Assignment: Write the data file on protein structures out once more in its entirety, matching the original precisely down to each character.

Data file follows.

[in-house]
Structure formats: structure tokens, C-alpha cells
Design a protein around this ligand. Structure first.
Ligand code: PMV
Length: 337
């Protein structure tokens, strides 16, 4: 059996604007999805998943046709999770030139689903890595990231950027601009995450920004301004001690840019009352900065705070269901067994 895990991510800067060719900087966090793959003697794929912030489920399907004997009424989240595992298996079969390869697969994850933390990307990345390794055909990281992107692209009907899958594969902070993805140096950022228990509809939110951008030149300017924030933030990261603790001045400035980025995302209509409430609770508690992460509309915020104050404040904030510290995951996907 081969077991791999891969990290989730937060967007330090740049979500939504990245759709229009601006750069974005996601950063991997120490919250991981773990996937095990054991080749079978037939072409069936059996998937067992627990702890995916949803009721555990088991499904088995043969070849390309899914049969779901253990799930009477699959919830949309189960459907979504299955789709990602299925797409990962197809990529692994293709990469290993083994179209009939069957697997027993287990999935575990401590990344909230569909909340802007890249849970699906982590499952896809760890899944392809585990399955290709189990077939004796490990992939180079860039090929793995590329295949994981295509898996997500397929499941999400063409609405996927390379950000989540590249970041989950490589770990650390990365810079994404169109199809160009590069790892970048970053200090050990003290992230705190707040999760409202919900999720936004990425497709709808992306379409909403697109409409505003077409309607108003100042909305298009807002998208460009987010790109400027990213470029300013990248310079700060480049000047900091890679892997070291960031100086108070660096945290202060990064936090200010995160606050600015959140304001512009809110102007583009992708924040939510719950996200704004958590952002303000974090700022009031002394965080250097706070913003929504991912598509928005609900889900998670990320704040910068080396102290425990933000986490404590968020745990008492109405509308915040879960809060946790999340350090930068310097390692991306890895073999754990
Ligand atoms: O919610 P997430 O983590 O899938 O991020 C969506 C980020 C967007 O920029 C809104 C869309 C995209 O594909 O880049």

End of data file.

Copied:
[in-house]
Structure formats: structure tokens, C-alpha cells
Design a protein around this ligand. Structure first.
Ligand code: PMV
Length: 337
């Protein structure tokens, strides 16, 4: 059996604007999805998943046709999770030139689903890595990231950027601009995450920004301004001690840019009352900065705070269901067994 895990991510800067060719900087966090793959003697794929912030489920399907004997009424989240595992298996079969390869697969994850933390990307990345390794055909990281992107692209009907899958594969902070993805140096950022228990509809939110951008030149300017924030933030990261603790001045400035980025995302209509409430609770508690992460509309915020104050404040904030510290995951996907 081969077991791999891969990290989730937060967007330090740049979500939504990245759709229009601006750069974005996601950063991997120490919250991981773990996937095990054991080749079978037939072409069936059996998937067992627990702890995916949803009721555990088991499904088995043969070849390309899914049969779901253990799930009477699959919830949309189960459907979504299955789709990602299925797409990962197809990529692994293709990469290993083994179209009939069957697997027993287990999935575990401590990344909230569909909340802007890249849970699906982590499952896809760890899944392809585990399955290709189990077939004796490990992939180079860039090929793995590329295949994981295509898996997500397929499941999400063409609405996927390379950000989540590249970041989950490589770990650390990365810079994404169109199809160009590069790892970048970053200090050990003290992230705190707040999760409202919900999720936004990425497709709808992306379409909403697109409409505003077409309607108003100042909305298009807002998208460009987010790109400027990213470029300013990248310079700060480049000047900091890679892997070291960031100086108070660096945290202060990064936090200010995160606050600015959140304001512009809110102007583009992708924040939510719950996200704004958590952002303000974090700022009031002394965080250097706070913003929504991912598509928005609900889900998670990320704040910068080396102290425990933000986490404590968020745990008492109405509308915040879960809060946790999340350090930068310097390692991306890895073999754990
Ligand atoms: O919610 P997430 O983590 O899938 O991020 C969506 C980020 C967007 O920029 C809104 C869309 C995209 O594909 O880049």